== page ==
Wednesday, 31 May 2017

Theatre Review: The Resistible Rise of Arturo Ui

Question: what do you get if you cross Bertolt Brecht and Dr Seuss’ The Lorax? Answer: the Donmar’s current production of The Resistible Rise of Arturo Ui.

If you know your Dr Seuss - and if you don’t then you need to sort that out, stat - you’ll know that the moral and most famous quote from The Lorax goes thusly: “unless someone like you cares a whole awful lot, nothing is going to get better. It’s not”. And although the quote isn’t included in the Donmar’s Resistible Rise - a missed opportunity - that same moral, that ordinary people have to get up and do shit to make things get better, regardless of time and place, is very much writ large in this production.

The second play in the Donmar’s Power season follows in the footsteps of the first, the excellent Limehouse, in that it has a message that it is not ashamed to shout about. Loudly. What is a bit different in this production is that it does the shouting through the staging as well as the text. It’s an interesting approach and one that is largely very successful and always a huge amount of fun.

The Resistible Rise of Arturo Ui is a largely self explanatory title. It tells the story of Chicago gangster, Arturo Ui, and his use of his criminal gang and activity to worm his way into politics, in this case the politics of the Chicago and Cicero grocery trade. Ui is incredibly charismatic, though not very bright, and relies on a coterie of small time crooks, his adoption by local political types and increasingly serious criminal activity to propel him into power.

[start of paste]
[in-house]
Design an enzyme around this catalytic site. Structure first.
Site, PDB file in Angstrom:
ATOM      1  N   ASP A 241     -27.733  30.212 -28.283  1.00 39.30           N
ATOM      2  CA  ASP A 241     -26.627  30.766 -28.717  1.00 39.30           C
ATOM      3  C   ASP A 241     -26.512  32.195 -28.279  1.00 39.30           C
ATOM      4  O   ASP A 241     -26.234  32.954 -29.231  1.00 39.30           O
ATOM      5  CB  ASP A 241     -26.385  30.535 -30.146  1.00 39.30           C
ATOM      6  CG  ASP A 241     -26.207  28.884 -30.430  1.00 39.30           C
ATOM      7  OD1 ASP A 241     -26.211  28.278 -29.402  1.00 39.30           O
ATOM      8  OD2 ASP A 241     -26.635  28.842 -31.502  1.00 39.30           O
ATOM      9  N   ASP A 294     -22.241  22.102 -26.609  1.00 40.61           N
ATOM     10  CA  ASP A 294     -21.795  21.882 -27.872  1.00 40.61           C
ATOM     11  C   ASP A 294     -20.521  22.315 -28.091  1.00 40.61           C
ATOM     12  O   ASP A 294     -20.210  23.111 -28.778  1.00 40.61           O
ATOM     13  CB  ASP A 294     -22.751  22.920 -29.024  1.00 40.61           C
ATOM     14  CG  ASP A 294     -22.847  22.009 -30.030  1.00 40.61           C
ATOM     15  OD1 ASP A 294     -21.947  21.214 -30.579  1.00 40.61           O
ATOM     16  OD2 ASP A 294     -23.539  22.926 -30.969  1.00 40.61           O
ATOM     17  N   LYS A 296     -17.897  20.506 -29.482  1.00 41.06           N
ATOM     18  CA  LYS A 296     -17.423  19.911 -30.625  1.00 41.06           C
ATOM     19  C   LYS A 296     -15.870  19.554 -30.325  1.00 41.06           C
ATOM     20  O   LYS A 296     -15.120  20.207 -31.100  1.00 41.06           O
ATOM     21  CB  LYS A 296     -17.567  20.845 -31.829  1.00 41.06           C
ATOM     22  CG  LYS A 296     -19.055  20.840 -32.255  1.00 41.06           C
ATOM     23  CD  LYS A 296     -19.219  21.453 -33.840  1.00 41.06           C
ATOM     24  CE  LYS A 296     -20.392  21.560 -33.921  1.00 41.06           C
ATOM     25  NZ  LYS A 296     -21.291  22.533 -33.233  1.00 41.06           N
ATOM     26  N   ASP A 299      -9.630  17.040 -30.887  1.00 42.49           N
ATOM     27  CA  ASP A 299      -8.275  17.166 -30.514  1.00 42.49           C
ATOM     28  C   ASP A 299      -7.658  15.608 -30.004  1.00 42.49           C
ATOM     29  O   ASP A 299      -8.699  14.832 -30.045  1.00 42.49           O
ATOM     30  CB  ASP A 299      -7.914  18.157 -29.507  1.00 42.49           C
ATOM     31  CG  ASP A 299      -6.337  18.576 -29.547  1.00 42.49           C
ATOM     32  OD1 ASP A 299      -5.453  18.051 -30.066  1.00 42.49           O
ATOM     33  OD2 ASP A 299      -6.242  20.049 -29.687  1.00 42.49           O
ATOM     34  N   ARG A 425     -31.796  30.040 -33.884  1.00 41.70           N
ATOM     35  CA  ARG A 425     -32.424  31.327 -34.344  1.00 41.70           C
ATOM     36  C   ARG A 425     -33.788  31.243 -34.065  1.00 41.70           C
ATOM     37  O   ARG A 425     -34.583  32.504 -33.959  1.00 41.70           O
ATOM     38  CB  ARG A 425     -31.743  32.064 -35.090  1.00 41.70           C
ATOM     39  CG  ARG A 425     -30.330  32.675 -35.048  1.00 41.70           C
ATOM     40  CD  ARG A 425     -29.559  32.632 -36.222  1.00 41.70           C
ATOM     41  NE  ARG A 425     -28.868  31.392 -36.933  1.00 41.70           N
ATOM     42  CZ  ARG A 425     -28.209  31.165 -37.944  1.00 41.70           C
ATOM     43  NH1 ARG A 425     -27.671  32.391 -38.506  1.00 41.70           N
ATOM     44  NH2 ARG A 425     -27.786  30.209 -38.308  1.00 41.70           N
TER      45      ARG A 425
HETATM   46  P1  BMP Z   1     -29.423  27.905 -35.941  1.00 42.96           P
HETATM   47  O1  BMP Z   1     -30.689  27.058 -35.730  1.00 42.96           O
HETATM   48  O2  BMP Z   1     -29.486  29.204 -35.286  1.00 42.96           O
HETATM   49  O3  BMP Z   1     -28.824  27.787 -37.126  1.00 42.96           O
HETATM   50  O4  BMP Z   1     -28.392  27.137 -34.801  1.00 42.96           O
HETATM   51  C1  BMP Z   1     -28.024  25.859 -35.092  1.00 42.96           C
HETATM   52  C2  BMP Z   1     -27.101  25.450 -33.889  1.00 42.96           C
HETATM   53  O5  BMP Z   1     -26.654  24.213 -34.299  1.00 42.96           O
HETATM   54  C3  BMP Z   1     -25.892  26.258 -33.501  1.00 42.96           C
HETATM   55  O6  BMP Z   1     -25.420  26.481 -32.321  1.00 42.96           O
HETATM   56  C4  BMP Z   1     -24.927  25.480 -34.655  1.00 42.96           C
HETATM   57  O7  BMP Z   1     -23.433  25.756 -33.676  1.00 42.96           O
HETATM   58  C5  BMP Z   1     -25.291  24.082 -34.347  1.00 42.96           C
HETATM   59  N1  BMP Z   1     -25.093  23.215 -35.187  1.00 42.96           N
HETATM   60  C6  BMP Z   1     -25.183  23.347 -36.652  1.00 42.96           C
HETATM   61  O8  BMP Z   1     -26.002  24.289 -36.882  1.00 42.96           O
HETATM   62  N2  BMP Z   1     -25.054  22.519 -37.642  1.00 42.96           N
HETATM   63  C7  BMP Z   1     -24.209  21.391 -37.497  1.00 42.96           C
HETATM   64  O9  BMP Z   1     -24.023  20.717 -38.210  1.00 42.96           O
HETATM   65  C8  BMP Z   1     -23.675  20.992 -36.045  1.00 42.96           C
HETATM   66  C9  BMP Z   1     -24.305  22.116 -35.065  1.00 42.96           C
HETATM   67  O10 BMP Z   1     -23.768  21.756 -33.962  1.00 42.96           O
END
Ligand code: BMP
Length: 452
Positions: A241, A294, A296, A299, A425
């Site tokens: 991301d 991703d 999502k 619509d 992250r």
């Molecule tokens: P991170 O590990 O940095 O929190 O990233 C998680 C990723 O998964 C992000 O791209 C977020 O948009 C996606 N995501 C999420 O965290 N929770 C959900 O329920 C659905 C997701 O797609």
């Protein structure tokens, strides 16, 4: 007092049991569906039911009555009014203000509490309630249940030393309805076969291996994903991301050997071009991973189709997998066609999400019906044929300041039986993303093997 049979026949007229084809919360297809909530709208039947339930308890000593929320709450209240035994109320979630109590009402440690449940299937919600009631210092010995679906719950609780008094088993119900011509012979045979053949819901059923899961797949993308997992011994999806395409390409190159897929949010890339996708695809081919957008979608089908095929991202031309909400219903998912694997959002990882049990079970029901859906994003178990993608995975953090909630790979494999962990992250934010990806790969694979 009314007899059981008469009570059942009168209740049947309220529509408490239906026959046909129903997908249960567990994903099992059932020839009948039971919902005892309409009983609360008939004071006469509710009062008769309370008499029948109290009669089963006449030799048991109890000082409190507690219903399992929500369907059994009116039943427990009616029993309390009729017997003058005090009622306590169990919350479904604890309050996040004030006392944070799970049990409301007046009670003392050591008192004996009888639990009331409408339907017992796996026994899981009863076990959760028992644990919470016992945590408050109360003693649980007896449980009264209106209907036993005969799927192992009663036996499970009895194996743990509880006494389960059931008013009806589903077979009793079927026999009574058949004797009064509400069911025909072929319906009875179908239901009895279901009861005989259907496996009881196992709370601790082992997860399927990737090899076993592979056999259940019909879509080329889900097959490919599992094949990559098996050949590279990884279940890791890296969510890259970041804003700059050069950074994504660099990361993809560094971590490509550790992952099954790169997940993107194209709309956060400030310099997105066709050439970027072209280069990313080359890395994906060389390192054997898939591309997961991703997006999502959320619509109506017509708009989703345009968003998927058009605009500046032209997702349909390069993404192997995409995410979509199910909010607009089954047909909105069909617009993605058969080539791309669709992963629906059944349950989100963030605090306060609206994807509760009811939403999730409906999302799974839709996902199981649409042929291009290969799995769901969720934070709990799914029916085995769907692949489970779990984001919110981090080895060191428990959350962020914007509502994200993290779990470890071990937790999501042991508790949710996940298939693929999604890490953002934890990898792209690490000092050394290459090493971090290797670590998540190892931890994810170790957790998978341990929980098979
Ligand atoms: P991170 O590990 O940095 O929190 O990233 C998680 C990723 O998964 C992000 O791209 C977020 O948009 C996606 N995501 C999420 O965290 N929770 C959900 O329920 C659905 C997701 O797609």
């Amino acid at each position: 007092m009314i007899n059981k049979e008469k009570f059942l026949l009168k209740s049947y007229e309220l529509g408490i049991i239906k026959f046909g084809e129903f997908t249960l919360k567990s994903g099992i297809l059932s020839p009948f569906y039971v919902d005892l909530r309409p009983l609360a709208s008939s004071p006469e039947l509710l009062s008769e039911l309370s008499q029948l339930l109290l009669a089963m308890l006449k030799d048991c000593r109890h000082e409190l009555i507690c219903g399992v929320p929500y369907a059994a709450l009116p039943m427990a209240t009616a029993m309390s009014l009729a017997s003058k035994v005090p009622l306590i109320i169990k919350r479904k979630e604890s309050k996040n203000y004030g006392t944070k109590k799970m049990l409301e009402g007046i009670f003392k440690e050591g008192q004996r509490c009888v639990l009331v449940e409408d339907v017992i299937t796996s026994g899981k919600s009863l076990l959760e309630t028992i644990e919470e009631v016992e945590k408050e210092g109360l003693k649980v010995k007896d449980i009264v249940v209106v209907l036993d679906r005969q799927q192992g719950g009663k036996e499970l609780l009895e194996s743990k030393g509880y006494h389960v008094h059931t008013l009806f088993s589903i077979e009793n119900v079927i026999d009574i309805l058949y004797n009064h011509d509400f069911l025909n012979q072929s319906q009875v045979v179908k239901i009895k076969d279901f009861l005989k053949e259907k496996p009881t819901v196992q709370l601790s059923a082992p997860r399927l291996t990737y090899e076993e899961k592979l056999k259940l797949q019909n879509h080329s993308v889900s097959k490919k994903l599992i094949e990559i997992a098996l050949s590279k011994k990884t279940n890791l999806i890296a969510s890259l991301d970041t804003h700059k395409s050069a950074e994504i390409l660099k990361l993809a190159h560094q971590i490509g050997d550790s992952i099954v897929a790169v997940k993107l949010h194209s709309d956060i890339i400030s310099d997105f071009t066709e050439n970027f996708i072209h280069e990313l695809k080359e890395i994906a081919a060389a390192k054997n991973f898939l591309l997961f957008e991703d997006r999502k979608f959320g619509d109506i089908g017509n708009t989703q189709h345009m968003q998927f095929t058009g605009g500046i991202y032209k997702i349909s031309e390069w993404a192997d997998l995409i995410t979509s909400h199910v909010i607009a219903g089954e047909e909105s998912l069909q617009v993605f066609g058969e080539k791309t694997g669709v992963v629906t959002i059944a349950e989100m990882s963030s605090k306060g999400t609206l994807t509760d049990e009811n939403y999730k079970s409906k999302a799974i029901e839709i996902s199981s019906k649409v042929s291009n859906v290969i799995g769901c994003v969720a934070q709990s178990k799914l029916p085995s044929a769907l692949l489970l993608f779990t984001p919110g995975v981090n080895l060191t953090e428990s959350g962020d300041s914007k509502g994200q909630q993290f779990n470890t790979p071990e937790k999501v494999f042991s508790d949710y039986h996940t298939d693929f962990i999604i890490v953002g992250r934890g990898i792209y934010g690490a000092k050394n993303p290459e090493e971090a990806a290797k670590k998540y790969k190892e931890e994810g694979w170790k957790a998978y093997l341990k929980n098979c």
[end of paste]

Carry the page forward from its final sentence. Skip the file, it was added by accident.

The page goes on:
Remind you of anyone?

Whilst Brecht’s play was originally written as a thinly veiled satire on Hitler’s rise to power, the Donmar’s new adaptation, by Bruce Norris, is a not at all veiled satire on Donald Trump. There is 0% subtlety in the attack on this new contemporary reference, which might have become tiresome very quickly were it not so funny. Much of this is down to the presence of the actor who has to sell it, Lenny Henry on fantastic form, but also some very clever and unapologetic writing and staging. All of Trump’s current obsessions get an airing - the size of the crowd at a rally, the need to build a wall, vicious attacks on immigrants and even a ‘Make This Country Great Again’ banner. The best scene in this regard is when Ui needs to wrest control of the Cicero grocery racket from a female rival. The staging of the ensuing argument scene evokes the infamous final debate between Trump and Hillary Clinton so well, including a quick slip in of the phrase ‘nasty woman’ to much wry laughter. All of this is done with a certain swagger that is essential to its success. There would be no point in doing this sort of blatant satire half heartedly and this production goes all in to make it work.